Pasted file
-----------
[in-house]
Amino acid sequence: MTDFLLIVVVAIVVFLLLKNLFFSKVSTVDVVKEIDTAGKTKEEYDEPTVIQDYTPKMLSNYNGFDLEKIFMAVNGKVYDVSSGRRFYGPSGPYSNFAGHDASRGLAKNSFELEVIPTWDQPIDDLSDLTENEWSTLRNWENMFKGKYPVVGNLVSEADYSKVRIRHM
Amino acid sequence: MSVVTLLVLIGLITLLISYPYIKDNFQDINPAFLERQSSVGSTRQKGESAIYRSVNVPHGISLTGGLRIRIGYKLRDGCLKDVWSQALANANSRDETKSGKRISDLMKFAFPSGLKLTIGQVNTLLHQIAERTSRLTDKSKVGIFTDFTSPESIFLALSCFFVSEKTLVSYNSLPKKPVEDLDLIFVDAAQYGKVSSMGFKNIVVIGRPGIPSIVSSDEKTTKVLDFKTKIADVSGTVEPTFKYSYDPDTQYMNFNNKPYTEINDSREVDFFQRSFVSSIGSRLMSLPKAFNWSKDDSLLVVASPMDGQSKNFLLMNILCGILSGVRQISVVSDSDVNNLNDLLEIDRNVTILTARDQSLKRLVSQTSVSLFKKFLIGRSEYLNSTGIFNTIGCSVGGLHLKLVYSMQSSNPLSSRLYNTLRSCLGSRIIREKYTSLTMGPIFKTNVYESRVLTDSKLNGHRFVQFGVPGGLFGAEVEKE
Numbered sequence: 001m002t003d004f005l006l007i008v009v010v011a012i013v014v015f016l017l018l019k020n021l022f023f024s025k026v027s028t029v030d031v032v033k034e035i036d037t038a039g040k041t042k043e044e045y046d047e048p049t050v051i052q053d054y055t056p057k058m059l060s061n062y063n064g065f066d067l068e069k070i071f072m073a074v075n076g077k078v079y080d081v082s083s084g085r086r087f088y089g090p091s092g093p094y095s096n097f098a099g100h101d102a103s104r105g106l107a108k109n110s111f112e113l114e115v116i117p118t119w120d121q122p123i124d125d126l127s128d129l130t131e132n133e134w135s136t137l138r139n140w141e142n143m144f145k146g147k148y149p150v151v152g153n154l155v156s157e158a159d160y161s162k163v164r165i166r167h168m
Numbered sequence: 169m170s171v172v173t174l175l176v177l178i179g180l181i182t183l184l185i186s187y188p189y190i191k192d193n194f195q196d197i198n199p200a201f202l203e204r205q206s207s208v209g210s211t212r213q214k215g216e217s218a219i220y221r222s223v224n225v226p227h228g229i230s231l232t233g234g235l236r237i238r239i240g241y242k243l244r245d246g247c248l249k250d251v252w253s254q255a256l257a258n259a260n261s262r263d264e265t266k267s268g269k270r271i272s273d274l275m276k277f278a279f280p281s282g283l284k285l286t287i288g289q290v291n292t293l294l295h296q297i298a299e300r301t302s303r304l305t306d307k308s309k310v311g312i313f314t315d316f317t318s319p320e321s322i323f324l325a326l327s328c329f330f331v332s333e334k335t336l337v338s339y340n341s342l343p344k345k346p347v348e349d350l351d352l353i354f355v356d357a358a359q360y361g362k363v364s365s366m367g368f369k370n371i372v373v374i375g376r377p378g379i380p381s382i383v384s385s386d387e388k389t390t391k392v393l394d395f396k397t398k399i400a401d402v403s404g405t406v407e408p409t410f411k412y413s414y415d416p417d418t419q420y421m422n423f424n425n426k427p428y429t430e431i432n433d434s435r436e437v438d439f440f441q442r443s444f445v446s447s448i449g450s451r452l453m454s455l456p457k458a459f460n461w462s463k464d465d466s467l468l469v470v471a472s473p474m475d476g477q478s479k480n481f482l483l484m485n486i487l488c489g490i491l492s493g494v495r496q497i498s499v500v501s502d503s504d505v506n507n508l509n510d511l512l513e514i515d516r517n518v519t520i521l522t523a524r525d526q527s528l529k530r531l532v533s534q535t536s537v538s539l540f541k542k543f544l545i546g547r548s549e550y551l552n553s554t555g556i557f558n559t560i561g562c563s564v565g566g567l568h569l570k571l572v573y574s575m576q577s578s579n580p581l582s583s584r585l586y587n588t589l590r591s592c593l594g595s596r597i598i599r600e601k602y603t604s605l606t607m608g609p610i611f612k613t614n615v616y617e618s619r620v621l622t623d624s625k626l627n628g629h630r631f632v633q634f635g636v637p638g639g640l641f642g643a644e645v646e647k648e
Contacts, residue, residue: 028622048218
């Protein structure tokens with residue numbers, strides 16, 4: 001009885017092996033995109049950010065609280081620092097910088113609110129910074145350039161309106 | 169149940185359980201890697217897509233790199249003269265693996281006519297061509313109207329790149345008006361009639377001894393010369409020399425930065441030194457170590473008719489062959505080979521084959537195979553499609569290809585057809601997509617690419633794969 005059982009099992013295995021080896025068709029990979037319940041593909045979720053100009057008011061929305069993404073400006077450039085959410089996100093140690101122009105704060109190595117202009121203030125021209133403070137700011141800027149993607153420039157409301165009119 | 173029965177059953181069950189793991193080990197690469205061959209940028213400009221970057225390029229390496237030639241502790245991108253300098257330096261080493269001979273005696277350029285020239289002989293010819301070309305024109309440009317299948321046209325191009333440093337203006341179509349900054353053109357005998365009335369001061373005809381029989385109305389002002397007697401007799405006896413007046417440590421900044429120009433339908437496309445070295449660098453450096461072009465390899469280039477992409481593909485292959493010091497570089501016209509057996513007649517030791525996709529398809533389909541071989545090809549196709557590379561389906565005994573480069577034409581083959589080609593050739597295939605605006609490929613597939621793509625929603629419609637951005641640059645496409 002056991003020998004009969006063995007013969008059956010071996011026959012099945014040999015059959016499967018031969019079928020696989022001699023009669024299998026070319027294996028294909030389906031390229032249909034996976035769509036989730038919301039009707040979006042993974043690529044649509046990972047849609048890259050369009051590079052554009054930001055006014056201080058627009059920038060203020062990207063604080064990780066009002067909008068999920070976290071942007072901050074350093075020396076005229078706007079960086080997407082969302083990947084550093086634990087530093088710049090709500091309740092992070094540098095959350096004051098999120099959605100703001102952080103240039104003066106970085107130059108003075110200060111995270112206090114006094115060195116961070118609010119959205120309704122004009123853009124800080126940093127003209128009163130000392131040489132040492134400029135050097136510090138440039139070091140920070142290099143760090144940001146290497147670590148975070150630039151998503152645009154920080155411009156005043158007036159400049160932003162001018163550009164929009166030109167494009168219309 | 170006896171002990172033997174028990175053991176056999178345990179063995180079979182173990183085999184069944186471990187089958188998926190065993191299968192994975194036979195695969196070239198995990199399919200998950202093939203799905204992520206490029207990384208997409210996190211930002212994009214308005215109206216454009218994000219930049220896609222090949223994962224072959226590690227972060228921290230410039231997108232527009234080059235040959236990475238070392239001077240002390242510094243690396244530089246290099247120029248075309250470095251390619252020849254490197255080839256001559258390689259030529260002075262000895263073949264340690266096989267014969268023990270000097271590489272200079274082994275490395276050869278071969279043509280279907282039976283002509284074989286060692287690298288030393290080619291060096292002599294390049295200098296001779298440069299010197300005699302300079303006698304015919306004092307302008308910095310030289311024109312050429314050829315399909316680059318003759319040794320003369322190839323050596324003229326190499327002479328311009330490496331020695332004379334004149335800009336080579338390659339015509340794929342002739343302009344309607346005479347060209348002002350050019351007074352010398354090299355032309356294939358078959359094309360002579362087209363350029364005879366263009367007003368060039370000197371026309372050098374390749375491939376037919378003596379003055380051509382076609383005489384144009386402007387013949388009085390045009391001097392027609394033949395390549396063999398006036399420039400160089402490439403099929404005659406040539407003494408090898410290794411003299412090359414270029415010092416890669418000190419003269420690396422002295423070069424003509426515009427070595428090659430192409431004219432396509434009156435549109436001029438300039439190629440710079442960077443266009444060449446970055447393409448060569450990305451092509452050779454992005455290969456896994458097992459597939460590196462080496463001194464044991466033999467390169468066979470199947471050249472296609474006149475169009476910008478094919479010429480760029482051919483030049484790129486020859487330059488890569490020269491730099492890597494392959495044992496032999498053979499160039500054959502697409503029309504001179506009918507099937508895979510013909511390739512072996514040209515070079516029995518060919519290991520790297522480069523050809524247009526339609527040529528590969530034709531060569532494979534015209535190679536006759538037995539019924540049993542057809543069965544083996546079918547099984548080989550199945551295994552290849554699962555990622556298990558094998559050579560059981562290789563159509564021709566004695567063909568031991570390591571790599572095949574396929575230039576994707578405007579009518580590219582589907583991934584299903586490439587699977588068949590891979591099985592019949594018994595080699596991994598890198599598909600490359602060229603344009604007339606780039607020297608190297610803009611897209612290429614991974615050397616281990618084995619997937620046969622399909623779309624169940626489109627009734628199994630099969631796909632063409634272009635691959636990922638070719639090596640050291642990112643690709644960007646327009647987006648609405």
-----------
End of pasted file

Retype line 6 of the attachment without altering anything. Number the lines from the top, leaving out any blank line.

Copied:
Contacts, residue, residue: 028622048218